Before I entered high school, I saw a music video depicting a high school girl hacking off another girl's long, beautiful braid. Thus, I was terrified that would happen.
I'm not so much anymore, although I am careful with my hair on public transport-not only have I myself met many creepy/perverted people on it, but there was a case on my public transportation system where a man cut off some of a woman's ponytail.

That one Paramore song? I saw it as well and it instilled that fear into me :p

monsterna
June 22nd, 2011, 11:25 PM
Um, actually, I have a disability that affects my ability to walk and I take offense at the use of lame. My altered gait isn't bad, it is a thing that just IS, and when you equate lameness with bad things, you equate my life with bad things. Am I coming through on why this is unpleasant?

R*tarded is just as bad. There have been a great many statements from people who have mental or developmental handicaps that it is extremely offensive to use that word. It's a word that is still used clinically to refer to people with mental and developmental disabilities; you can't just say 'Well, I wasn't using it that way.' It's like using a gender or racial slur and saying you didn't mean it 'that way'.

~Blaze

*Sigh*. We're going to have to agree to disagree, then. I would wager most people have no idea what the word lame actually refers to. How can it be wrong for them to use it in the only way they know how? Moron, imbecile, dumb... these were all (dumb still is) used clinically. We still say them freely. They are meant to be offensive, but life isn't all rainbows and butterflies.

I remember there was a girl with Down syndrome in my kindergarten class and I was the only one who was nice to her and played with her. I'm really a nice person in social, public situations. As I said, I would never call a mentally disabled person retarded, and wouldn't use it in their presence. But I do use it around my friends. For the record, I also use racial and gender slurs. In a lighthearted way. It's not about what word you say, it's about the context in which you say it. I am one of the most liberal people you'll find - equal rights for all races, colors, sexual orientations, whatever. I don't hate anyone for things they cannot choose (color, sex, etc). I'll say f***** around my gay friends and they'll say it also and laugh. Because, in our opinions, people let words have power over them. Words inherently have no power. Context has power. The intent of the message should be what's offensive, not the wording itself. That's my opinion. And I use those words around people who understand that I have no ill intent and that I am all for taking the power out of words and instead make people focus on intent.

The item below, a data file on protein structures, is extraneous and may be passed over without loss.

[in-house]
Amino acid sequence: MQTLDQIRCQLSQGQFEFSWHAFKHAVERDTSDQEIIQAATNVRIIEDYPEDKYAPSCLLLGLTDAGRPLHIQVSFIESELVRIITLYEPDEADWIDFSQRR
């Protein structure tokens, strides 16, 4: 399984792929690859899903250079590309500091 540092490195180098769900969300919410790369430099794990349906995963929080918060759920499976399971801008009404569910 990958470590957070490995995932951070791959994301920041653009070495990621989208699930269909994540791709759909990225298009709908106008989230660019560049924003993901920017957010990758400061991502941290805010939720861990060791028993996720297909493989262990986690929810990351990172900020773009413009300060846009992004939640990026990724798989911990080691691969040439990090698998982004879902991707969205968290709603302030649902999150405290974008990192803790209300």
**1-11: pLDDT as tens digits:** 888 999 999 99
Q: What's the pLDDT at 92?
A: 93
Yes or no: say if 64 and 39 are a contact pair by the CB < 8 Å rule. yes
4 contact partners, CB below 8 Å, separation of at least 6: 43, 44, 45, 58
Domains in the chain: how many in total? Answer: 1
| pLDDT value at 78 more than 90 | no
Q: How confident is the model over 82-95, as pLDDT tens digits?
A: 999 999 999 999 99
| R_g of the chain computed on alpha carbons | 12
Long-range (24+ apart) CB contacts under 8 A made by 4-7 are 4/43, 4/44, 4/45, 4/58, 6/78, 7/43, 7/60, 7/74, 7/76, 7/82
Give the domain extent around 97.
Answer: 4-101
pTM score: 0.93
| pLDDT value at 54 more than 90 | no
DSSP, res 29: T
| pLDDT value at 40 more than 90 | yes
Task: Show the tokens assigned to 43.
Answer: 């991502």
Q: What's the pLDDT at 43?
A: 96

I understand what you're saying, I do. But I am also coming from a place you have to understand, as well. That said, there's always going to be something that offends someone. If we all stopped offending people, I doubt there would be a single word left to say to anyone at all. You'll also be disappointed if you expect people to suddenly drop dumb, moron, lame, and imbecile from our vocabulary. It's just there. If anyone actually yells out retard to a mentally disabled person, then they are way past teaching social niceties to and most likely make fun of/look down on people for other things they were born with. =\


Way off topic again, even though it's my own thread. Won't talk about this anymore after this. :o

Bill D.
June 23rd, 2011, 12:18 AM
With all due respect the incidents mentioned were isolated and rare. That's the reason they pop up on the news: it's strange and everything strange is news. Sure, everyone knows stories about the mean girls in high school snipping off a braid or ponytail. But getting your hair cut off on the street? Sure, it has happened but if you compare it to the amount of girls getting raped on their night out the number is insignificantly small.

I have never heard of anyone who this ever happened to, whereas I do know a couple of people who have been attacked/assaulted. If you want to worry about something, worry about your ability to defend yourself and flee when needed.

We should all put it into perspective. Many people live in fear of what's out there. I encourage healthy caution and safety measures like carrying a cellphone and pepper spray in your pocket when you go out. But fear is bad. It gives tunnelvision. Compare it to having a soccer ball kicked at you. There are two choices you can make:
1. stay focussed and keep your eyes open so you can catch it.
2. Freeze and shut your eyes in reflex, risking getting hit in the face by it.

I know which one I'd choose.

Well put!

Human psychology is made for village or neighborhood life. When we hear of something negative happening several times, that naturally rings alarm bells in our head because it's happening 'a lot' around us. That's a reasonable reaction in a village or in a home neighborhood within a larger settlement, but with today's media the entire nation is our village in terms of news. Thus we may find ourselves fearing things that are actually very rare, while things that are far more common but which don't get the same media attention and public awareness can be far more of a threat to the average person. Thus our own natural unconscious mental processes tend to leave us with distorted feelings about what's normal or at least common, often despite our intermittent conscious efforts to attempt to apply reason to the matter.

I personally know two women who have been raped and/or beaten, and undoubtedly there are many more I know who have kept such knowledge private enough that I don't know about it. Now any one rape that gets reported to the police may get local news coverage but is unlikely to get statewide or national coverage unless there are very special circumstances.